Then Ricky noticed the blood on his hand. He looked down at the envelope, and a small pool of it was leaking out of a corner. He picked it up, time slowing down to a crawl when he recalled it in his head.
The smell was first, making bile rise in his throat. The first thing he pulled out made it worse. It was a pair of ears, tied together. They were stapled to a photo of his father. Ricky put two and two together, and promptly sprayed the table and floor with his dinner, the normally non-vomit inducing Ann Sathers.
There were seven photos in the envelope, each with body parts. His mother’s nipples. His sister’s eyeballs. His supplier’s wife’s picture was in there, with what was later identified as her ovaries.
He’d blocked out the rest. But all of his and his supplier’s immediate family had been wiped out in one move.
They’d found the bodies in a warehouse on Lawrence, right below the El tracks. By that point, Ricky was gone. The shock and horror of what he’d caused to his family had cored him like a deer hanging in a tree after the hunt. It was this lost soul that the devil himself showed up to take.
Lieutenant Croucier wasn’t Satan, it was just the term everyone who dealt in Chicago referred to him as. He was the scourge, the wrecking ball. When the Chicago PD decided they needed a neighborhood cleansed of a dealer, Croucier was the one they called. He somehow made deals that wiped out entire gangs with a single informant. He’d turned OG’s by the dozen,and no one was sure how he did it.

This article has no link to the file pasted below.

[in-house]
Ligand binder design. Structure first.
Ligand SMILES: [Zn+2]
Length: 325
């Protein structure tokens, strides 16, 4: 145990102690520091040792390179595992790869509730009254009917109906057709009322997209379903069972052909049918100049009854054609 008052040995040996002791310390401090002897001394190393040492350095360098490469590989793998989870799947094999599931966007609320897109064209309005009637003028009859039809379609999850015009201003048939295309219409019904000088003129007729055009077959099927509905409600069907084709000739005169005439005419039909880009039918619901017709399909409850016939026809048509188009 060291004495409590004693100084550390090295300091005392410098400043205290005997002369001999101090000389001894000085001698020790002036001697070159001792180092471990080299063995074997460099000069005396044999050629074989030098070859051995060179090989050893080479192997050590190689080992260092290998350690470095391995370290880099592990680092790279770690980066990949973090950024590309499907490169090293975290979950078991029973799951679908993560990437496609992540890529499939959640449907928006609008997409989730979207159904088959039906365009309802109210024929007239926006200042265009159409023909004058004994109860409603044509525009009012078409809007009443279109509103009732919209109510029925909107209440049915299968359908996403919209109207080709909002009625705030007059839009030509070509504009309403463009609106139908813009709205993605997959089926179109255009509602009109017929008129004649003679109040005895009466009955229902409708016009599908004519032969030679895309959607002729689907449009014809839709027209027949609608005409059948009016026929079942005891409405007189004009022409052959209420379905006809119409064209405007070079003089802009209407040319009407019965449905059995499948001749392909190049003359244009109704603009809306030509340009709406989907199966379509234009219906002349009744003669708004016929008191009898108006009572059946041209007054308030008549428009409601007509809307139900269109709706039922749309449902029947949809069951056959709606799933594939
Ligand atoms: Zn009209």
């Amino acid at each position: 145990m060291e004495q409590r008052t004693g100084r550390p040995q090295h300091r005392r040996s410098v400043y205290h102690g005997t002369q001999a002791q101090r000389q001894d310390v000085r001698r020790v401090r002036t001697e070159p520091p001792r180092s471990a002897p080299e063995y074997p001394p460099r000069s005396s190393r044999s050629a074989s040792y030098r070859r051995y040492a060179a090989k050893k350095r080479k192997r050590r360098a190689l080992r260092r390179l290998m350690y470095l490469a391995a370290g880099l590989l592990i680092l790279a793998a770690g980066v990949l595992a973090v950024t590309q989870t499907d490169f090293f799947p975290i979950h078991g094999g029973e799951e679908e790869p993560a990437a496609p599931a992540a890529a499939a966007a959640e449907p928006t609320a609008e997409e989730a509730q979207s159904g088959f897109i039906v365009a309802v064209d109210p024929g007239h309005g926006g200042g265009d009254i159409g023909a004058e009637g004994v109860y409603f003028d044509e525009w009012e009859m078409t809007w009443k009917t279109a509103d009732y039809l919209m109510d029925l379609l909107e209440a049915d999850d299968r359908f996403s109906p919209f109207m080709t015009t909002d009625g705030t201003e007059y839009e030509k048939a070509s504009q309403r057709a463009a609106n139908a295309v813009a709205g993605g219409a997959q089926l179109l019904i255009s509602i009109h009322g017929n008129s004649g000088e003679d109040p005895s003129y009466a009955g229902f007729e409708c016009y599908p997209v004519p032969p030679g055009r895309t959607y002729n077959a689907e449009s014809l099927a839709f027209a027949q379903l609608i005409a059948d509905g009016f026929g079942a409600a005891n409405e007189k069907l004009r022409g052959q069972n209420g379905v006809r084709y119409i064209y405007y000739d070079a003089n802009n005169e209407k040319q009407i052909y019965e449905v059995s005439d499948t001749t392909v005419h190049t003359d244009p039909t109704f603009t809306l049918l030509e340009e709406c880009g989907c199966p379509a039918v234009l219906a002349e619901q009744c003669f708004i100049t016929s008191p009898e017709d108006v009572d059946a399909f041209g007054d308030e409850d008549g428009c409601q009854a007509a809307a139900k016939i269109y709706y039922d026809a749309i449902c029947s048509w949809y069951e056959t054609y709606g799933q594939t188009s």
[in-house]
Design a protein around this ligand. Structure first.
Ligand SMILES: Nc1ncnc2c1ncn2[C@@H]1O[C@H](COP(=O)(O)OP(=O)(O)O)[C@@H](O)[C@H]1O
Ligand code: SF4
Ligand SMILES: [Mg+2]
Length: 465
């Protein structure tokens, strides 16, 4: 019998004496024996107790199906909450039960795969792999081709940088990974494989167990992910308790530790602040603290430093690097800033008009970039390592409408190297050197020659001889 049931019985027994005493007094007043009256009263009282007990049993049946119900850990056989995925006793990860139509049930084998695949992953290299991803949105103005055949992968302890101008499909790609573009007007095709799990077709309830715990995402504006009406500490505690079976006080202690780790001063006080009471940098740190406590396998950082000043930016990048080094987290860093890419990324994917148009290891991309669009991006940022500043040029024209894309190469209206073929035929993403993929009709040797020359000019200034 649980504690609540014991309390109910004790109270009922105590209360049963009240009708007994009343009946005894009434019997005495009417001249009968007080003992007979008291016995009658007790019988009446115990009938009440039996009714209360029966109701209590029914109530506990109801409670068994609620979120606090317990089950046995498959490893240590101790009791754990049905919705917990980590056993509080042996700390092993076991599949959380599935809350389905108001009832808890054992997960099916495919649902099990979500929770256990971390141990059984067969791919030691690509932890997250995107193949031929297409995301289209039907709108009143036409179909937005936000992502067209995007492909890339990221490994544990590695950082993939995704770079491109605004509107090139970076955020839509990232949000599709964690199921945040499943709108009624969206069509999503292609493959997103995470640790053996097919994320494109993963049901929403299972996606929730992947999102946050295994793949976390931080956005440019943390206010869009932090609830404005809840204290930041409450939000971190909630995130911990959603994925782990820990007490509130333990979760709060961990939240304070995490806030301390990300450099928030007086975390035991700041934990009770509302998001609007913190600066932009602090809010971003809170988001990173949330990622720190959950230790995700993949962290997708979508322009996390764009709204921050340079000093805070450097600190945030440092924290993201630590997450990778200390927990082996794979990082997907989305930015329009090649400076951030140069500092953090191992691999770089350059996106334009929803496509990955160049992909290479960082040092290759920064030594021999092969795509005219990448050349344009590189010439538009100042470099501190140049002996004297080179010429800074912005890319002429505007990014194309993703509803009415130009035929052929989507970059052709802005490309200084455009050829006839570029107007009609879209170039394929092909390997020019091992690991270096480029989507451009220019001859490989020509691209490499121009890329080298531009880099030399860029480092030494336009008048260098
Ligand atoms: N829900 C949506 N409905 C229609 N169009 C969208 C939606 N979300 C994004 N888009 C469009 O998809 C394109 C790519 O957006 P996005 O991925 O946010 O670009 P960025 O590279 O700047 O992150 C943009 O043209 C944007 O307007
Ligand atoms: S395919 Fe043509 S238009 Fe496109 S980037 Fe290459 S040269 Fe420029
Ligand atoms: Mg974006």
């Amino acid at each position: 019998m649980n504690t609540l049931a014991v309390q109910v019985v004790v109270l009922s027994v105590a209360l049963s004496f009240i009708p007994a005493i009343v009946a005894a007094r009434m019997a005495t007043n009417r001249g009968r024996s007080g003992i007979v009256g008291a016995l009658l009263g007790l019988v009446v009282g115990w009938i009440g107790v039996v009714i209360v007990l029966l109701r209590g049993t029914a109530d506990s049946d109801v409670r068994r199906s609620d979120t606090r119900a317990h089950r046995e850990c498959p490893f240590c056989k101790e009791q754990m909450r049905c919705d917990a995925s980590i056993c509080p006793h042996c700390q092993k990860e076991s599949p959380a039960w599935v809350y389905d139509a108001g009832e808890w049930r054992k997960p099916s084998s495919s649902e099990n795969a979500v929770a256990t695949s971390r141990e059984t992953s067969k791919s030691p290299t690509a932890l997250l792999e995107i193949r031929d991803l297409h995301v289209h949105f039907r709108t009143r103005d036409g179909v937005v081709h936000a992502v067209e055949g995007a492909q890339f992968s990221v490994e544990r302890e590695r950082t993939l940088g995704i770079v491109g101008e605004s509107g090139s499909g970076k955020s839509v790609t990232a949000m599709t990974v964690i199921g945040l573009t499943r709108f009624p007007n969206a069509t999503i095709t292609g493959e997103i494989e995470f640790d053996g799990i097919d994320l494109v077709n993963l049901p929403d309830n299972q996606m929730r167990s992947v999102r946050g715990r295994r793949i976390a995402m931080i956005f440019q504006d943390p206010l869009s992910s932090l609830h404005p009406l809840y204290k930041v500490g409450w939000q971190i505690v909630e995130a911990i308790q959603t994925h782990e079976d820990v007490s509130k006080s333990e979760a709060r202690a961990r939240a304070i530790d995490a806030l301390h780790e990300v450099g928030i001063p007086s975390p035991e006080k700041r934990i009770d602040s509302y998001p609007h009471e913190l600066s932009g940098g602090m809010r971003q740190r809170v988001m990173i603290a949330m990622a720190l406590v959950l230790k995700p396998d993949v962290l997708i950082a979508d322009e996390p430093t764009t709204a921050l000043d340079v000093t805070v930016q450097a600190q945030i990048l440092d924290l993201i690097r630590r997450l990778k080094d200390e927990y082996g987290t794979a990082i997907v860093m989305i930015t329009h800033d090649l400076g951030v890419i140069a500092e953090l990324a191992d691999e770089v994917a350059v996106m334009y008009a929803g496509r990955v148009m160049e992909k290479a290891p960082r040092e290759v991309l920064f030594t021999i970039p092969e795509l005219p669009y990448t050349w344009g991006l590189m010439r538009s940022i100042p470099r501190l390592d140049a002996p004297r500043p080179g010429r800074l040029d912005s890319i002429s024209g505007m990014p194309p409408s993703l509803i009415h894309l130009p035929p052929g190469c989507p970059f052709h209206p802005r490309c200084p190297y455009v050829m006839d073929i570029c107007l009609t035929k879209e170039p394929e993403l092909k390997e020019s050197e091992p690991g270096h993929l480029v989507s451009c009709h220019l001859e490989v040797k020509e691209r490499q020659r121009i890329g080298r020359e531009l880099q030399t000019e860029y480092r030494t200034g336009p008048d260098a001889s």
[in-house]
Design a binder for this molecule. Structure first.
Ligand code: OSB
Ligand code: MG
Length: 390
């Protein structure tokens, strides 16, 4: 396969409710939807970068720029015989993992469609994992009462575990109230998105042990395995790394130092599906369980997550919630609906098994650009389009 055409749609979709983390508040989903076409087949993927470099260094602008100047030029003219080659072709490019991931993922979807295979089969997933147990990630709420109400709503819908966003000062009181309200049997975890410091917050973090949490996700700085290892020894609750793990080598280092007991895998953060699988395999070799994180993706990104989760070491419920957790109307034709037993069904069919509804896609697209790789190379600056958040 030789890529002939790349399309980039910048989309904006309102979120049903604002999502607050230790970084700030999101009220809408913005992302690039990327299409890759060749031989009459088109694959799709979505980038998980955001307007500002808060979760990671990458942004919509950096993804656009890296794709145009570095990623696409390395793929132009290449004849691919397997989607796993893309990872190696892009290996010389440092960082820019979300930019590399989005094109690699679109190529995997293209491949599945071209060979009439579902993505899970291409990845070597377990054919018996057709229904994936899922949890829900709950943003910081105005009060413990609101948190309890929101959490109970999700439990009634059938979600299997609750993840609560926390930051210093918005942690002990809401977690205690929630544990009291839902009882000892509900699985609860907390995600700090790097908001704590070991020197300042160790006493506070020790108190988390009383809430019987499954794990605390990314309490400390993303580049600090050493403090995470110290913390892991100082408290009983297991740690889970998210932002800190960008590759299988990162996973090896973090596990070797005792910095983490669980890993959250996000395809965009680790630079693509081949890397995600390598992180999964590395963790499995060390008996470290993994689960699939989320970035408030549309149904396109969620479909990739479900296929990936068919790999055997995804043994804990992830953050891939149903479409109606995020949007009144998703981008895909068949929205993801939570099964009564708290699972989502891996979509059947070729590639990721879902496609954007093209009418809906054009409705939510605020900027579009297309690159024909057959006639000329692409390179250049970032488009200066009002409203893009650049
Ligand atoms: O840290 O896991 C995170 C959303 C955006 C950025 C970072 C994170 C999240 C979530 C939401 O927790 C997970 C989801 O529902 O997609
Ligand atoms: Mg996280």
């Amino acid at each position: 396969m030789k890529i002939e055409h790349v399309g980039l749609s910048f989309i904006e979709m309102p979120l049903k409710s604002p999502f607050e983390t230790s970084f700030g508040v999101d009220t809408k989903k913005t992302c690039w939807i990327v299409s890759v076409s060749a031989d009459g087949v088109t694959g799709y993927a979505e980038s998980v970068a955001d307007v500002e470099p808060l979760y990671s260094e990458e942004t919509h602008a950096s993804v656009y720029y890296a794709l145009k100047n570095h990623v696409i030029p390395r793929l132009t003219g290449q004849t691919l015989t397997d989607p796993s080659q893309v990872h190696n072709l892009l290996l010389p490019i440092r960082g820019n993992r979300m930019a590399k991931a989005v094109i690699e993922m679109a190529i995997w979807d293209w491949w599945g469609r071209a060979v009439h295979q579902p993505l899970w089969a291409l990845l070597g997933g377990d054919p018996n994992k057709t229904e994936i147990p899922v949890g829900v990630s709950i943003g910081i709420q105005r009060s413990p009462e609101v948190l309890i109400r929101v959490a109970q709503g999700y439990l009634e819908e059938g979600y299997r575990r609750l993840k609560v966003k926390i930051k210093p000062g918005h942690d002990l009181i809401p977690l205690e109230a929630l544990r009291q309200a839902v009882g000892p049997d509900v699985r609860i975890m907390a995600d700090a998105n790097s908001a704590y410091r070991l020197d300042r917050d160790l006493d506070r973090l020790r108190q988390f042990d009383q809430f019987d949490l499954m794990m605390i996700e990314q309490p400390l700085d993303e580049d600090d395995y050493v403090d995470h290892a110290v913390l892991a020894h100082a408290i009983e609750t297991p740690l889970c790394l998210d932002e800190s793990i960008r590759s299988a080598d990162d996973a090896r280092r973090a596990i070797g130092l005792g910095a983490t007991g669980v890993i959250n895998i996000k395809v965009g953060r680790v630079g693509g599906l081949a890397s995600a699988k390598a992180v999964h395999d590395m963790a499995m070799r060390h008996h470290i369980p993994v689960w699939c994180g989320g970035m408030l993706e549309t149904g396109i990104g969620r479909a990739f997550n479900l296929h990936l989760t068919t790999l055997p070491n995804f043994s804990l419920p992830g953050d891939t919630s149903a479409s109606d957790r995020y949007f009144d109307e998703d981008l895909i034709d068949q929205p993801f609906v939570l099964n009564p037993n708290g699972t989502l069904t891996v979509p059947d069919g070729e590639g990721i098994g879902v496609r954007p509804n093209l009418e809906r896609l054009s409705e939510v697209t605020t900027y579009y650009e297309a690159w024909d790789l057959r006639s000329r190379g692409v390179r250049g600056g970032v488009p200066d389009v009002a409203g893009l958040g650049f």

Croucier didn’t look like much, Slightly overweight, balding, and mousy. He looked like a mall cop or worse yet, one from the suburbs. And yet here he was, whispering in Ricky’s ear. It wasn’t that hard a sell, though.
Ricky wanted to die. He’d thought about going to the pathetic excuse of a bar the 33 Street Westies used as a headquarters with four of five bricks of plastique strapped to him. He’d think about it, then remember how he’d died inside since the murders, and didn’t wish that on anyone. But any move he’d make would cost him his life anyway. SO he was busy murdering his liver when Croucier found him.